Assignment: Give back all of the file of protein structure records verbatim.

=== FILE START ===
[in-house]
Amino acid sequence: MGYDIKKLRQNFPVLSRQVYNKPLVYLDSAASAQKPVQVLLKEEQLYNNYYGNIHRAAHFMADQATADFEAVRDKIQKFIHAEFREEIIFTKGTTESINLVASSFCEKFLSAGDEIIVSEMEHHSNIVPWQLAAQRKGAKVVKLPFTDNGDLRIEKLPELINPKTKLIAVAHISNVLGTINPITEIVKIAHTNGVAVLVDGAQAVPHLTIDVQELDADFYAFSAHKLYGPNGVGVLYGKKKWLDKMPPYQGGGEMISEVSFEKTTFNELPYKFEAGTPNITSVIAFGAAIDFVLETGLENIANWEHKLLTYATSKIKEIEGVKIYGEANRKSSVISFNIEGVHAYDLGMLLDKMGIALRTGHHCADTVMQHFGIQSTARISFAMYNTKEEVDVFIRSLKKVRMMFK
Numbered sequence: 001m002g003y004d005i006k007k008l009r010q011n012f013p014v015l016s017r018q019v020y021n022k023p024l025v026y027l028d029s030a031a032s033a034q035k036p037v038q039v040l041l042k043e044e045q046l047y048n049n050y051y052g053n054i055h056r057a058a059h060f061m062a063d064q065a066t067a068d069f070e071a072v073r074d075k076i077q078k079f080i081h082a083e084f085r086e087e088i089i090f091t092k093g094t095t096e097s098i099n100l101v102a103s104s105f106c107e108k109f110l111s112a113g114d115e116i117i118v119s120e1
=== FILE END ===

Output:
[in-house]
Amino acid sequence: MGYDIKKLRQNFPVLSRQVYNKPLVYLDSAASAQKPVQVLLKEEQLYNNYYGNIHRAAHFMADQATADFEAVRDKIQKFIHAEFREEIIFTKGTTESINLVASSFCEKFLSAGDEIIVSEMEHHSNIVPWQLAAQRKGAKVVKLPFTDNGDLRIEKLPELINPKTKLIAVAHISNVLGTINPITEIVKIAHTNGVAVLVDGAQAVPHLTIDVQELDADFYAFSAHKLYGPNGVGVLYGKKKWLDKMPPYQGGGEMISEVSFEKTTFNELPYKFEAGTPNITSVIAFGAAIDFVLETGLENIANWEHKLLTYATSKIKEIEGVKIYGEANRKSSVISFNIEGVHAYDLGMLLDKMGIALRTGHHCADTVMQHFGIQSTARISFAMYNTKEEVDVFIRSLKKVRMMFK
Numbered sequence: 001m002g003y004d005i006k007k008l009r010q011n012f013p014v015l016s017r018q019v020y021n022k023p024l025v026y027l028d029s030a031a032s033a034q035k036p037v038q039v040l041l042k043e044e045q046l047y048n049n050y051y052g053n054i055h056r057a058a059h060f061m062a063d064q065a066t067a068d069f070e071a072v073r074d075k076i077q078k079f080i081h082a083e084f085r086e087e088i089i090f091t092k093g094t095t096e097s098i099n100l101v102a103s104s105f106c107e108k109f110l111s112a113g114d115e116i117i118v119s120e1